What makes us different from the animals? New work from Michael Ballou.
One day, the fish crawled out of the swamp. They had pairs of eyes, dark eyes, and large teeth. Over time, of course, the temperature would drop, and the fish would grow hair. Their feet would grow hooves and claws. They would bellow and groan and populate the earth. And soon they were on pleasure cruises, slipping away from the ballroom to woo each other in the salt air up on deck, the ancient, gray-green sea stretching endlessly under the moonlight. What next? Perhaps nothing was ever next and humans are still lost in transition from microbe to beast to sentient aethete. We are still trying to leave the swamp, but we don’t know what limbs we need for the next step, as it were.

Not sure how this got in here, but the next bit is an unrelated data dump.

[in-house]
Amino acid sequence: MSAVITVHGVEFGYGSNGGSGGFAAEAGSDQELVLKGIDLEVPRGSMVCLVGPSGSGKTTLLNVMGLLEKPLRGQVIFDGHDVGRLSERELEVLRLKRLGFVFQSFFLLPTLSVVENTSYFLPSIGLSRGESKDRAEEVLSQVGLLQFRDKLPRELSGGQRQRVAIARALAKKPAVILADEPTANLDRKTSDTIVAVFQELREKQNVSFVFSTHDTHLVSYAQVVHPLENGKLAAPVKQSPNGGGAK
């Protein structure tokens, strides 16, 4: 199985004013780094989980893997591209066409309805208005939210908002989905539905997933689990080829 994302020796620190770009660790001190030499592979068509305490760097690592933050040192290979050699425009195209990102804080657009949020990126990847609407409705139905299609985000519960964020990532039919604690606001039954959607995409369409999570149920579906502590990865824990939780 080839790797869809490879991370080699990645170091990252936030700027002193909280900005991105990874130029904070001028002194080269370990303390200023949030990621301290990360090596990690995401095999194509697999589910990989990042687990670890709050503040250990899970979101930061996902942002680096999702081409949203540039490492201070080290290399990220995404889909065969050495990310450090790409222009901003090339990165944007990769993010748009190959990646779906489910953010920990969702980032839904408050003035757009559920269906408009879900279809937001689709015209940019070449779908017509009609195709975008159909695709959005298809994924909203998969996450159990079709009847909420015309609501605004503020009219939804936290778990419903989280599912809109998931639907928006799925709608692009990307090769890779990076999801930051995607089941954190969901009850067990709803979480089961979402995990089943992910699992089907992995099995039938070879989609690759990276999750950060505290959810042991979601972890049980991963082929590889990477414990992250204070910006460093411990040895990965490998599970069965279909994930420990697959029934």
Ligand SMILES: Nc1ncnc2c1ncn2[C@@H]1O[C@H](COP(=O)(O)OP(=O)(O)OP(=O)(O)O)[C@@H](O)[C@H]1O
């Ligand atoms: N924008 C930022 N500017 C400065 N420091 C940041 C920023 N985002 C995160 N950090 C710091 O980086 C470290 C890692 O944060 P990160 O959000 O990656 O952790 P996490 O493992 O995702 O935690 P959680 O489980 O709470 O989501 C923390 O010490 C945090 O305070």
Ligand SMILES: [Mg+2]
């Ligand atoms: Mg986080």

Is that so? asked the princess, her glassy eyes reflecting the spray of purple asters she held in her hand. I believe I should grow some sort of fins right between my two cerebral hemispheres. I think that I should swim into my synapses.
Don’t you mean your sinuses, laughed the handsome swain at her side.
She frowned and broke his head off — snap!— just like that. She peered down his neck. There were no fins inside, or anything else. But drifting out the chimney that used to be his neck was a fine mist — his narrative entrails now liberated, creating a bewildering perfume that spread across the garden like regret. From on high, the beasts looked down: golden calves and portentous ravens, flowered elephants and sacred wolves. Hollow-eyed creatures all, they uttered low cries as they breathed in the fractured stories of those who had passed their time among the living.
Michael Ballou is a visual artist who works in diverse media, including film, installation, performance and sculpture, and has a history of organizing events that foster interaction between artists. In recent years, he has exhibited at the David Zwirner Gallery, Pierogi 2000 Gallery, the Brooklyn Museum of Art, Xavier Hufkens Gallery, the Kunsthalle (Vienna), among others.